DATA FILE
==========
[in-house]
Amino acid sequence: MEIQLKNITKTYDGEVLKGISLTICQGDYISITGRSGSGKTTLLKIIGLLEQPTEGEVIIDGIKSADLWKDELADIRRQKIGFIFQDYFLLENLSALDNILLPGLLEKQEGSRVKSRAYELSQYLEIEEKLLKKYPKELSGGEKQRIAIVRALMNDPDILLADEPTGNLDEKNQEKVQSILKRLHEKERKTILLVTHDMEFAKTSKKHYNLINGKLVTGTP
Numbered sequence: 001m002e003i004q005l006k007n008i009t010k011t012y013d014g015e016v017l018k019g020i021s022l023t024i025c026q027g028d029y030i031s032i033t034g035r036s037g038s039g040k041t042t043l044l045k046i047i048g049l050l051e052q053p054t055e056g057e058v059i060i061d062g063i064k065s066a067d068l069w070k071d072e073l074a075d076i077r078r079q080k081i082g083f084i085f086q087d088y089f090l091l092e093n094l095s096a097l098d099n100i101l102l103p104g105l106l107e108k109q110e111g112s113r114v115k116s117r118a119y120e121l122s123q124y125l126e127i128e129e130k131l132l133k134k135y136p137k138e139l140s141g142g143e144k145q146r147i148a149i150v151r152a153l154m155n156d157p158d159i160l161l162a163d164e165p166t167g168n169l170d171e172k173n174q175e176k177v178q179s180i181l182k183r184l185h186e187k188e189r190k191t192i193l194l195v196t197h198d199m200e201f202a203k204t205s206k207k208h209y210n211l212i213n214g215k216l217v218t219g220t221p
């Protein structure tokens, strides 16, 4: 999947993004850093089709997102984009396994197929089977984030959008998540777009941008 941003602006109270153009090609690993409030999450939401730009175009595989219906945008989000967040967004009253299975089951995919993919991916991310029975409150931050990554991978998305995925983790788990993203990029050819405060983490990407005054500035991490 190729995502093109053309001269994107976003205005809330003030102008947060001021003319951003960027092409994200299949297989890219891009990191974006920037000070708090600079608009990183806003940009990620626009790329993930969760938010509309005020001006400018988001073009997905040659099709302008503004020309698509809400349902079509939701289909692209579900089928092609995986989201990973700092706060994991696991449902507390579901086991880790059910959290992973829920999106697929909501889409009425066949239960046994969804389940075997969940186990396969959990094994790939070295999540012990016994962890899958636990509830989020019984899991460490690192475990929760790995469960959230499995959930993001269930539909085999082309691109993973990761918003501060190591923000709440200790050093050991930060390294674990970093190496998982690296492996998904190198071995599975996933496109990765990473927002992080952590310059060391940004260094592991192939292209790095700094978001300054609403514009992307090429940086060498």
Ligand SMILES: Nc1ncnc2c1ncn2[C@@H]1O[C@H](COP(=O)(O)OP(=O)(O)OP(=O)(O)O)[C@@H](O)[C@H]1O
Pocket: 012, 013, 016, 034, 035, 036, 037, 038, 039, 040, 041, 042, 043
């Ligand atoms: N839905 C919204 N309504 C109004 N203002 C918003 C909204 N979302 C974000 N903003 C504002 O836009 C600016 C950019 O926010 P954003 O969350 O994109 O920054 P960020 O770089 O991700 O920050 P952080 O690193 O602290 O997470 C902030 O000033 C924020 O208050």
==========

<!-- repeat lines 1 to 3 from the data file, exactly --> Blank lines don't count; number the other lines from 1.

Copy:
[in-house]
Amino acid sequence: MEIQLKNITKTYDGEVLKGISLTICQGDYISITGRSGSGKTTLLKIIGLLEQPTEGEVIIDGIKSADLWKDELADIRRQKIGFIFQDYFLLENLSALDNILLPGLLEKQEGSRVKSRAYELSQYLEIEEKLLKKYPKELSGGEKQRIAIVRALMNDPDILLADEPTGNLDEKNQEKVQSILKRLHEKERKTILLVTHDMEFAKTSKKHYNLINGKLVTGTP
Numbered sequence: 001m002e003i004q005l006k007n008i009t010k011t012y013d014g015e016v017l018k019g020i021s022l023t024i025c026q027g028d029y030i031s032i033t034g035r036s037g038s039g040k041t042t043l044l045k046i047i048g049l050l051e052q053p054t055e056g057e058v059i060i061d062g063i064k065s066a067d068l069w070k071d072e073l074a075d076i077r078r079q080k081i082g083f084i085f086q087d088y089f090l091l092e093n094l095s096a097l098d099n100i101l102l103p104g105l106l107e108k109q110e111g112s113r114v115k116s117r118a119y120e121l122s123q124y125l126e127i128e129e130k131l132l133k134k135y136p137k138e139l140s141g142g143e144k145q146r147i148a149i150v151r152a153l154m155n156d157p158d159i160l161l162a163d164e165p166t167g168n169l170d171e172k173n174q175e176k177v178q179s180i181l182k183r184l185h186e187k188e189r190k191t192i193l194l195v196t197h198d199m200e201f202a203k204t205s206k207k208h209y210n211l212i213n214g215k216l217v218t219g220t221p